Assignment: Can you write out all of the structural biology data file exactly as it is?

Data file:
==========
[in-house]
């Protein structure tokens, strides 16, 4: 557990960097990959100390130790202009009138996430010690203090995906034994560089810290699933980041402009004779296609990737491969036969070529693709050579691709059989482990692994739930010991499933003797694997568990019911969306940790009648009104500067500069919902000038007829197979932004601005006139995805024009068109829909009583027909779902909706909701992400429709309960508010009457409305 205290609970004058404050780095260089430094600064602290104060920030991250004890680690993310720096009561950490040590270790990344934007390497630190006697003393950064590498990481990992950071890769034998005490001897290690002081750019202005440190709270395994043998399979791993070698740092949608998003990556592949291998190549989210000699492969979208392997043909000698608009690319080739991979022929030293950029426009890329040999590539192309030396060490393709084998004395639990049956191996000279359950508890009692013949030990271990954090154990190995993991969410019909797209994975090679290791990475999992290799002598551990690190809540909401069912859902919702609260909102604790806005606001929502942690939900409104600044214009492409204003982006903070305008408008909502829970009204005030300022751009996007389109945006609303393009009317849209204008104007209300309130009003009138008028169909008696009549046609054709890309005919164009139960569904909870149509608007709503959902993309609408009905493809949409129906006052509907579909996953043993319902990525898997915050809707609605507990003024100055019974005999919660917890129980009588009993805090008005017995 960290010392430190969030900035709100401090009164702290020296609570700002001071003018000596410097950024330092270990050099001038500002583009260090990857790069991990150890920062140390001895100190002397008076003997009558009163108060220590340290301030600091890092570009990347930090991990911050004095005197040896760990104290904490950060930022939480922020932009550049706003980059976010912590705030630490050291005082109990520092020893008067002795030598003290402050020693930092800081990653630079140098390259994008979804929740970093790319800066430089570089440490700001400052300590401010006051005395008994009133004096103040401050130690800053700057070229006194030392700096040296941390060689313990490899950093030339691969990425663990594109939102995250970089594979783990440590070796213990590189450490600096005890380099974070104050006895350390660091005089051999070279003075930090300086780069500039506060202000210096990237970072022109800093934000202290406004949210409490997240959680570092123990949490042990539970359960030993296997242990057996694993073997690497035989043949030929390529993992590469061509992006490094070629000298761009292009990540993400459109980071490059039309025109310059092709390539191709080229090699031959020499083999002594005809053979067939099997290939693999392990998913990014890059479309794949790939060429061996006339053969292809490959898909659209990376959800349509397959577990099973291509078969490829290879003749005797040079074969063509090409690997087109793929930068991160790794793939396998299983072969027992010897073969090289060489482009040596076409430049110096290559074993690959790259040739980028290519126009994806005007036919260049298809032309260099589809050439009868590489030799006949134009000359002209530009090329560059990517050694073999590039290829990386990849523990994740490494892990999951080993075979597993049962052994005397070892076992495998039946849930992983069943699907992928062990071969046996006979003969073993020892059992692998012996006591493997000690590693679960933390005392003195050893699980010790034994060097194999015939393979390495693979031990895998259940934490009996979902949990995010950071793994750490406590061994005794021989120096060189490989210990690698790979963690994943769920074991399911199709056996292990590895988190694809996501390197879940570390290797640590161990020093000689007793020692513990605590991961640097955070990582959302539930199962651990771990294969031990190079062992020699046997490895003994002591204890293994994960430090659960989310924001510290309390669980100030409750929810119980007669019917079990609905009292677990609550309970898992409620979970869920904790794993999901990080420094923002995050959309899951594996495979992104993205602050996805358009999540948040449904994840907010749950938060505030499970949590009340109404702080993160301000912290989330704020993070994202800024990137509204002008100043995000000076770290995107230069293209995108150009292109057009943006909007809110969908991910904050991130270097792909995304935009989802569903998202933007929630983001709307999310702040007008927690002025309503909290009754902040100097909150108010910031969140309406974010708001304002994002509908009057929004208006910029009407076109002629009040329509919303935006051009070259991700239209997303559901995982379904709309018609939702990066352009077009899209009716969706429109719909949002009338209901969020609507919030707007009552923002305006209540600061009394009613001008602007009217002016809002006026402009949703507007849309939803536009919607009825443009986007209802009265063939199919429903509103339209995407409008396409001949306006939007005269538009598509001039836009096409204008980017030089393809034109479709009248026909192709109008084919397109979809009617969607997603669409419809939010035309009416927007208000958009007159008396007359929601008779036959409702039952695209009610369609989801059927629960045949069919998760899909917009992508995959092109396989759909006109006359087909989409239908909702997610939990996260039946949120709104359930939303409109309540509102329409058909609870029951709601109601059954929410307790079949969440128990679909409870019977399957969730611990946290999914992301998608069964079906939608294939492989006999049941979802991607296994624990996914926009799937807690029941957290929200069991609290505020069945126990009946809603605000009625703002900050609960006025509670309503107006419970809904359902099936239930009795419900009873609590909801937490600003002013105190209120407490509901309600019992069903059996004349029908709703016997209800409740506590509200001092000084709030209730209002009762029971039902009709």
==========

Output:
[in-house]
């Protein structure tokens, strides 16, 4: 557990960097990959100390130790202009009138996430010690203090995906034994560089810290699933980041402009004779296609990737491969036969070529693709050579691709059989482990692994739930010991499933003797694997568990019911969306940790009648009104500067500069919902000038007829197979932004601005006139995805024009068109829909009583027909779902909706909701992400429709309960508010009457409305 205290609970004058404050780095260089430094600064602290104060920030991250004890680690993310720096009561950490040590270790990344934007390497630190006697003393950064590498990481990992950071890769034998005490001897290690002081750019202005440190709270395994043998399979791993070698740092949608998003990556592949291998190549989210000699492969979208392997043909000698608009690319080739991979022929030293950029426009890329040999590539192309030396060490393709084998004395639990049956191996000279359950508890009692013949030990271990954090154990190995993991969410019909797209994975090679290791990475999992290799002598551990690190809540909401069912859902919702609260909102604790806005606001929502942690939900409104600044214009492409204003982006903070305008408008909502829970009204005030300022751009996007389109945006609303393009009317849209204008104007209300309130009003009138008028169909008696009549046609054709890309005919164009139960569904909870149509608007709503959902993309609408009905493809949409129906006052509907579909996953043993319902990525898997915050809707609605507990003024100055019974005999919660917890129980009588009993805090008005017995 960290010392430190969030900035709100401090009164702290020296609570700002001071003018000596410097950024330092270990050099001038500002583009260090990857790069991990150890920062140390001895100190002397008076003997009558009163108060220590340290301030600091890092570009990347930090991990911050004095005197040896760990104290904490950060930022939480922020932009550049706003980059976010912590705030630490050291005082109990520092020893008067002795030598003290402050020693930092800081990653630079140098390259994008979804929740970093790319800066430089570089440490700001400052300590401010006051005395008994009133004096103040401050130690800053700057070229006194030392700096040296941390060689313990490899950093030339691969990425663990594109939102995250970089594979783990440590070796213990590189450490600096005890380099974070104050006895350390660091005089051999070279003075930090300086780069500039506060202000210096990237970072022109800093934000202290406004949210409490997240959680570092123990949490042990539970359960030993296997242990057996694993073997690497035989043949030929390529993992590469061509992006490094070629000298761009292009990540993400459109980071490059039309025109310059092709390539191709080229090699031959020499083999002594005809053979067939099997290939693999392990998913990014890059479309794949790939060429061996006339053969292809490959898909659209990376959800349509397959577990099973291509078969490829290879003749005797040079074969063509090409690997087109793929930068991160790794793939396998299983072969027992010897073969090289060489482009040596076409430049110096290559074993690959790259040739980028290519126009994806005007036919260049298809032309260099589809050439009868590489030799006949134009000359002209530009090329560059990517050694073999590039290829990386990849523990994740490494892990999951080993075979597993049962052994005397070892076992495998039946849930992983069943699907992928062990071969046996006979003969073993020892059992692998012996006591493997000690590693679960933390005392003195050893699980010790034994060097194999015939393979390495693979031990895998259940934490009996979902949990995010950071793994750490406590061994005794021989120096060189490989210990690698790979963690994943769920074991399911199709056996292990590895988190694809996501390197879940570390290797640590161990020093000689007793020692513990605590991961640097955070990582959302539930199962651990771990294969031990190079062992020699046997490895003994002591204890293994994960430090659960989310924001510290309390669980100030409750929810119980007669019917079990609905009292677990609550309970898992409620979970869920904790794993999901990080420094923002995050959309899951594996495979992104993205602050996805358009999540948040449904994840907010749950938060505030499970949590009340109404702080993160301000912290989330704020993070994202800024990137509204002008100043995000000076770290995107230069293209995108150009292109057009943006909007809110969908991910904050991130270097792909995304935009989802569903998202933007929630983001709307999310702040007008927690002025309503909290009754902040100097909150108010910031969140309406974010708001304002994002509908009057929004208006910029009407076109002629009040329509919303935006051009070259991700239209997303559901995982379904709309018609939702990066352009077009899209009716969706429109719909949002009338209901969020609507919030707007009552923002305006209540600061009394009613001008602007009217002016809002006026402009949703507007849309939803536009919607009825443009986007209802009265063939199919429903509103339209995407409008396409001949306006939007005269538009598509001039836009096409204008980017030089393809034109479709009248026909192709109008084919397109979809009617969607997603669409419809939010035309009416927007208000958009007159008396007359929601008779036959409702039952695209009610369609989801059927629960045949069919998760899909917009992508995959092109396989759909006109006359087909989409239908909702997610939990996260039946949120709104359930939303409109309540509102329409058909609870029951709601109601059954929410307790079949969440128990679909409870019977399957969730611990946290999914992301998608069964079906939608294939492989006999049941979802991607296994624990996914926009799937807690029941957290929200069991609290505020069945126990009946809603605000009625703002900050609960006025509670309503107006419970809904359902099936239930009795419900009873609590909801937490600003002013105190209120407490509901309600019992069903059996004349029908709703016997209800409740506590509200001092000084709030209730209002009762029971039902009709």